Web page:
The Four New Fallacies

For centuries—or, some long time, anyway—students of English literature have had but four established so-called fallacies in their critical arsenal: the pathetic (“the rainbow’s crazed, murderous stare”); the intentional; the affective; and the fallacy of imitative form (“Billy was lazy, or whatever”). Earlier this month, the American Literary Critical University (ALCU) announced the official recognition of four new fallacies for the new millennium. An ALCU spokesperson noted that the Fallacy Recognition Executive Delegation (FRED) took longer than expected to reach its final decisions because of “political machinations, committee infighting, and various holdups, both procedural and armed.” The New Fallacies for the Modern Critic are as follows:

Reverential Fallacy

Old does not necessarily mean good. That, in a nutshell, is the antithesis of the reverential fallacy, which suggests that anything written down before, say, 1900—by nature of having survived into the Twenty-First Century—automatically deserves our admiration. The reverential fallacy likely was inspired by the adage “Respect your elders,” but that maxim just does not withstand scrutiny. Old people can be horrible just as young people can. In fact, old people are more likely to be awful, since they know that young people are being taught to respect them without question. It’s no different with written matter. Consider the philosopher-poet Argon Cranes’s On an “-ism” (1837)—a masturbatory 700-line sonnet sequence with no discernable literary merit. It has survived to modern day only because no one had the good sense and forethought to burn every copy that Cranes had printed at his own cost and distributed in the public schools, houses of worship, and penal facilities of Western Massachusetts. Likewise Hawthorne’s The House of the Seven Gables (1851), a just plain lousy book.

Fallacy of Phalluses

Contrary to popular belief/desire, not everything is about sex. The Turn of the Screw? Not about sex. A New Way to Pay Old Debts? Not about sex. Hop on Pop? Not about sex. Beowulf is about sex. The Rider on the White Horse? Not about sex. Sorry.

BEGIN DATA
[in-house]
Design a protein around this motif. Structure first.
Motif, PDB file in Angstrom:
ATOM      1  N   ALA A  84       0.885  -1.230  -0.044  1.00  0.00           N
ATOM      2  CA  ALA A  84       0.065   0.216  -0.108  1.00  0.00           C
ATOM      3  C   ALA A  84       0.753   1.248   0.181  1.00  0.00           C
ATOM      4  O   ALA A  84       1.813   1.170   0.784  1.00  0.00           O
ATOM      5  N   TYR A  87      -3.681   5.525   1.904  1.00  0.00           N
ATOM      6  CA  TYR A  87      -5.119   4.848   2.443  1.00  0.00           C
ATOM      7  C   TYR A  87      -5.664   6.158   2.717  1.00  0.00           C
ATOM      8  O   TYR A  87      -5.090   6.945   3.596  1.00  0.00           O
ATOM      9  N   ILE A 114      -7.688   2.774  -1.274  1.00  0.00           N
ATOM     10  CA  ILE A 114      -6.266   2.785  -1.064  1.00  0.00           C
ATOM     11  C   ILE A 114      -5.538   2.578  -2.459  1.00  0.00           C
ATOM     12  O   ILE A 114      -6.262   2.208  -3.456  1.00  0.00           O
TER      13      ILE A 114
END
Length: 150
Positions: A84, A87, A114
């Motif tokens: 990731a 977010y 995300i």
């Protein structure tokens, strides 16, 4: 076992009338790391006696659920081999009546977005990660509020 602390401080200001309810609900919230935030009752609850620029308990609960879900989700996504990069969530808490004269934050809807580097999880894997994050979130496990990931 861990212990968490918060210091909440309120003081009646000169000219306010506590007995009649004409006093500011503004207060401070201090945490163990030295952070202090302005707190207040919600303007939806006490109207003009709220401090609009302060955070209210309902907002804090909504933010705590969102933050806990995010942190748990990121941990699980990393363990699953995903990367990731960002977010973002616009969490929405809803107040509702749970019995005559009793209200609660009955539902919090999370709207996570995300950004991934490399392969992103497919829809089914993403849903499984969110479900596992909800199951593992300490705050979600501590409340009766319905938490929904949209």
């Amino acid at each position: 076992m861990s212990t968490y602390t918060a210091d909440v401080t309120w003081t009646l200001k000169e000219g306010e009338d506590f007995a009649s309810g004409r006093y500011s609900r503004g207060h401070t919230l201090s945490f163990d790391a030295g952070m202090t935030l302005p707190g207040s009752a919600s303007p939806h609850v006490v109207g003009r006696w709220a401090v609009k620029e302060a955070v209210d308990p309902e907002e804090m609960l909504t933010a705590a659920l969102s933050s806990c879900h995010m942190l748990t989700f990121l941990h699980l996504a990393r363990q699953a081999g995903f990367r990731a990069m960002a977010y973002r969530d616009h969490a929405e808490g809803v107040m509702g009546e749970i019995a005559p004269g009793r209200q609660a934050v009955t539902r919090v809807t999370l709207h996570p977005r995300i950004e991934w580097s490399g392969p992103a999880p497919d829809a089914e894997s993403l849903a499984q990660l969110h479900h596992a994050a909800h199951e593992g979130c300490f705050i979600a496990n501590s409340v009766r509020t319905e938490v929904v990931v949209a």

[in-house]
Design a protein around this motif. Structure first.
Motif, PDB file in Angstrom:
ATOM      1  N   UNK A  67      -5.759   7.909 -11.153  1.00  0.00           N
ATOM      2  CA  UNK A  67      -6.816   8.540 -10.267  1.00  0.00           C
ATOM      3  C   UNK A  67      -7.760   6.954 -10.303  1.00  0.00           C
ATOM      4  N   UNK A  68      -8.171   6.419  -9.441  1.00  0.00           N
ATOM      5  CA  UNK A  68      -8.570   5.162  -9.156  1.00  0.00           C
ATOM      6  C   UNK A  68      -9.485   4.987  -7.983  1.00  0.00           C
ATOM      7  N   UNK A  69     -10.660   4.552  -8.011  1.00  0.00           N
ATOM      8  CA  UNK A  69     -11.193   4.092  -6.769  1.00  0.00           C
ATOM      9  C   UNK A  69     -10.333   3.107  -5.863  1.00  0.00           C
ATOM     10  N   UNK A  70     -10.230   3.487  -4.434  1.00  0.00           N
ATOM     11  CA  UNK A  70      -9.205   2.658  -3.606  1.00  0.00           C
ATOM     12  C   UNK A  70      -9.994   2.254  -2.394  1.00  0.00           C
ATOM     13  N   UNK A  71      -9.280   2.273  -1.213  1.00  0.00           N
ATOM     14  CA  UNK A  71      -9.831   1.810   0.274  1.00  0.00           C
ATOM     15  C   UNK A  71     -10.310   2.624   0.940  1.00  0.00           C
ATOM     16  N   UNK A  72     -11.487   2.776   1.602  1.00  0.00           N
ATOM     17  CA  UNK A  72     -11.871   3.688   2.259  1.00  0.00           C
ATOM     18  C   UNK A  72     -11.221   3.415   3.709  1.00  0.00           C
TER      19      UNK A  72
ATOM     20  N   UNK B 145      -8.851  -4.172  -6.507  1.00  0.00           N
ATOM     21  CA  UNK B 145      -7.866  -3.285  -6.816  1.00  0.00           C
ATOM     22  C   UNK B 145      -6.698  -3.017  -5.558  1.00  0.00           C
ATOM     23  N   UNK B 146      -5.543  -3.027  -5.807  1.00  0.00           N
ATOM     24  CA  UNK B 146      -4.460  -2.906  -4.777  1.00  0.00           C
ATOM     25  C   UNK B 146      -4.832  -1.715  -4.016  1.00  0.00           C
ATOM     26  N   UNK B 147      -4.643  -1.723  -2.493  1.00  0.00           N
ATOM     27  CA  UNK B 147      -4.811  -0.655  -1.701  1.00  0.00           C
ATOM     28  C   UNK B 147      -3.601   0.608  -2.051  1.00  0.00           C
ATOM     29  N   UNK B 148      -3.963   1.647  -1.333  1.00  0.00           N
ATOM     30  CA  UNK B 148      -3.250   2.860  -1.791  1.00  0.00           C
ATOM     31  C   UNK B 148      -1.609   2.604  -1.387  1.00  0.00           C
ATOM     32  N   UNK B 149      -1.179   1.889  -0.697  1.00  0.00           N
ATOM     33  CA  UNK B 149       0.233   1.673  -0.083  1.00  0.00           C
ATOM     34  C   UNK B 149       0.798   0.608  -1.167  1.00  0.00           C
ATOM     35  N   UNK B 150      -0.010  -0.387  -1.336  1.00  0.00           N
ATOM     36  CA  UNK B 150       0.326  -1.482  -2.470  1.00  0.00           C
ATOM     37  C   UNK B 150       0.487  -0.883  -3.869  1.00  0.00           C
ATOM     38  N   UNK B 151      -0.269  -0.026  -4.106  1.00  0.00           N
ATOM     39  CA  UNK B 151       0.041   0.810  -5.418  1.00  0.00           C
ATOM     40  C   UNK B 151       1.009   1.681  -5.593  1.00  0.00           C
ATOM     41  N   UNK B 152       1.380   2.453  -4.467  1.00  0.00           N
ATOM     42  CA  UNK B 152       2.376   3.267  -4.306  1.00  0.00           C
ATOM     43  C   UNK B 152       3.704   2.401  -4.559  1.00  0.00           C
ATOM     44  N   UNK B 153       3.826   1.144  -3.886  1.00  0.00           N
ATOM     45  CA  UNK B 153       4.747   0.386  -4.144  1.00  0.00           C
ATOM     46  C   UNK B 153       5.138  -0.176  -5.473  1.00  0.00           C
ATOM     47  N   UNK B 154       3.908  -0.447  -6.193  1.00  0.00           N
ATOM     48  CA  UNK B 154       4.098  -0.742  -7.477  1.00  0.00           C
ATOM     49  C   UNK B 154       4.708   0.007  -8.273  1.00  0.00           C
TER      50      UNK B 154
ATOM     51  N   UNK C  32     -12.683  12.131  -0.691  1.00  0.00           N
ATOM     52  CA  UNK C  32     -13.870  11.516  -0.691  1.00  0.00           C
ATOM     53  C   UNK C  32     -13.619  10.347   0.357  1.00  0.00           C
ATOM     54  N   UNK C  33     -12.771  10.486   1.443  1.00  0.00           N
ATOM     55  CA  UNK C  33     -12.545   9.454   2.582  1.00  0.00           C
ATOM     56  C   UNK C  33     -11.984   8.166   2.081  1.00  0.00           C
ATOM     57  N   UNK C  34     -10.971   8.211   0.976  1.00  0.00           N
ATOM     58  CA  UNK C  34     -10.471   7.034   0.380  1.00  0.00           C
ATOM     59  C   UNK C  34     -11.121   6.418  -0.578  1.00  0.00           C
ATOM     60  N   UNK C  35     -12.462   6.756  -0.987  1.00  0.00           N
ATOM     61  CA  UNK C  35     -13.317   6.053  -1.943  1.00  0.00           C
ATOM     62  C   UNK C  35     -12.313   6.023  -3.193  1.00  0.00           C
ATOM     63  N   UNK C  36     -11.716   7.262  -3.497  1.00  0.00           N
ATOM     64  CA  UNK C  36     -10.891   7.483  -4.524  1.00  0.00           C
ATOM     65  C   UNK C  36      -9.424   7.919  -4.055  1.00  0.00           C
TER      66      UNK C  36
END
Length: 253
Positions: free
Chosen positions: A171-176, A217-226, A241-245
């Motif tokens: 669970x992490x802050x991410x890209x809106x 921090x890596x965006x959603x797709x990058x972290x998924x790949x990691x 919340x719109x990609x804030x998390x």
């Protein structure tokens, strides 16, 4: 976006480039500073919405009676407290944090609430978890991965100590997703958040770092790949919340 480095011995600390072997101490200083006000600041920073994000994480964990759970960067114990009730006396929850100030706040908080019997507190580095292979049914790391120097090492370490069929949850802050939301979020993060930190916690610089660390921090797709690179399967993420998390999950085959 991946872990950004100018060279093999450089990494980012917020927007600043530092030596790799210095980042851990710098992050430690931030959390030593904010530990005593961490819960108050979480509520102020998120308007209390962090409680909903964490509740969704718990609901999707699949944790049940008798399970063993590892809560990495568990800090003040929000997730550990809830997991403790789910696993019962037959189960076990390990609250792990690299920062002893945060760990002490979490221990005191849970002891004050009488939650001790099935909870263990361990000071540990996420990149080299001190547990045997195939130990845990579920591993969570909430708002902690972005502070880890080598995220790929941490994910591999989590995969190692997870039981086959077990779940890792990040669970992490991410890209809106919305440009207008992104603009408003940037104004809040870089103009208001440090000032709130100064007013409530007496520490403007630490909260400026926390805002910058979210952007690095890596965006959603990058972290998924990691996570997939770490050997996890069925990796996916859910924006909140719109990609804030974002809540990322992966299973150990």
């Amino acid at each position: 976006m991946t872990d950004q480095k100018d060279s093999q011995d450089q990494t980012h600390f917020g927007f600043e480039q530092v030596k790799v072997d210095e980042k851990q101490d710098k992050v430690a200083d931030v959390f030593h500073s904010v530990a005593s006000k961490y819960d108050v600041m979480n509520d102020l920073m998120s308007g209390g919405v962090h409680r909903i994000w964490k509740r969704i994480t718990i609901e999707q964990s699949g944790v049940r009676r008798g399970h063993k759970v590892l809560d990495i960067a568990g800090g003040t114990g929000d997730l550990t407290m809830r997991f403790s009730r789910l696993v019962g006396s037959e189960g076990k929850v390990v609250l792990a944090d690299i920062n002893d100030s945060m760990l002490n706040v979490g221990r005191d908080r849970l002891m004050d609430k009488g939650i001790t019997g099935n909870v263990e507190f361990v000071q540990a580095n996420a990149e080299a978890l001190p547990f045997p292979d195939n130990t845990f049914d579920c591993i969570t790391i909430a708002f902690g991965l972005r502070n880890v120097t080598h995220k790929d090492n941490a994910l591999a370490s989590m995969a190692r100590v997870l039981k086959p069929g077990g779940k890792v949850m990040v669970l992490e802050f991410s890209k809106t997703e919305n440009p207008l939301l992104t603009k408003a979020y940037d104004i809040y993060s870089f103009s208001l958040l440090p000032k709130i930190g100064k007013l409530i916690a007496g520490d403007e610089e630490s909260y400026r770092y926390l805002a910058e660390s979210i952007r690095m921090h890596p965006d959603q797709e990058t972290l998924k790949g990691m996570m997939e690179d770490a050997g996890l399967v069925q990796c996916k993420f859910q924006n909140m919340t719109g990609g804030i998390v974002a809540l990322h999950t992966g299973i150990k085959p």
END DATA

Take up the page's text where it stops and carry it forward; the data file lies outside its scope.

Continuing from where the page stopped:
MYTH: Any novel written by someone with an MFA in creative writing is a work of quality, deserving of at least one major award. FACT: Jane Austen did not have an MFA in creative writing. In fact, there was no such thing as an MFA in creative writing when Jane Austen was alive. Probably. And those who do hold MFAs in creative writing tend to write fiction in which no dinosaurs are brought back to life. Michael Crichton also did not have an MFA in creative writing. To the contrary, he held an M.D. Q.E.D.

“No true Scotsman”

The “no true Scotsman” fallacy has existed for a while, of course, but now it can be applied specifically to literature. The classic formulation of the fallacy can be seen in the following simple exchange:

Hamish: “No Scotsman puts marshmallow fluff in a haggis.”

Conrad: “I’m Scottish, and I put marshmallow fluff in my haggis.”

Hamish: “Well, no true Scotsman does.”

Before very recently, it was believed that no true Scotsman would ever write poetry, and certainly not poems about such things as flowers, lice, mice, hats, kisses, and the like. But research has revealed that in fact there was such a Scotsman—and a true Scotsman, no less, born three kilometers south of Ayr, in Alloway, South Ayrshire—who wrote, in the Scots language, certain (obscure, impenetrable) works like “A Red, Red Rose,” “To a Louse,” “To a Mouse,” “Tam o’ Shanter,” and “Ae Fond Kiss,” among two or three others. Accordingly, the longstanding “No true Scotsman” claim now enters the ranks of fallacies. The claim that “no true Scotsman reads poetry,” however, will remain in the realm of the undebunked.

Matthew David Brozik wrote this and many other short humor pieces, which have been published in print and online by The New Yorker, Adult Swim, McSweeney’s Internet Tendency, Grin & Tonic, The Big Jewel, and no one.

Read more humor here. Or read some fiction here.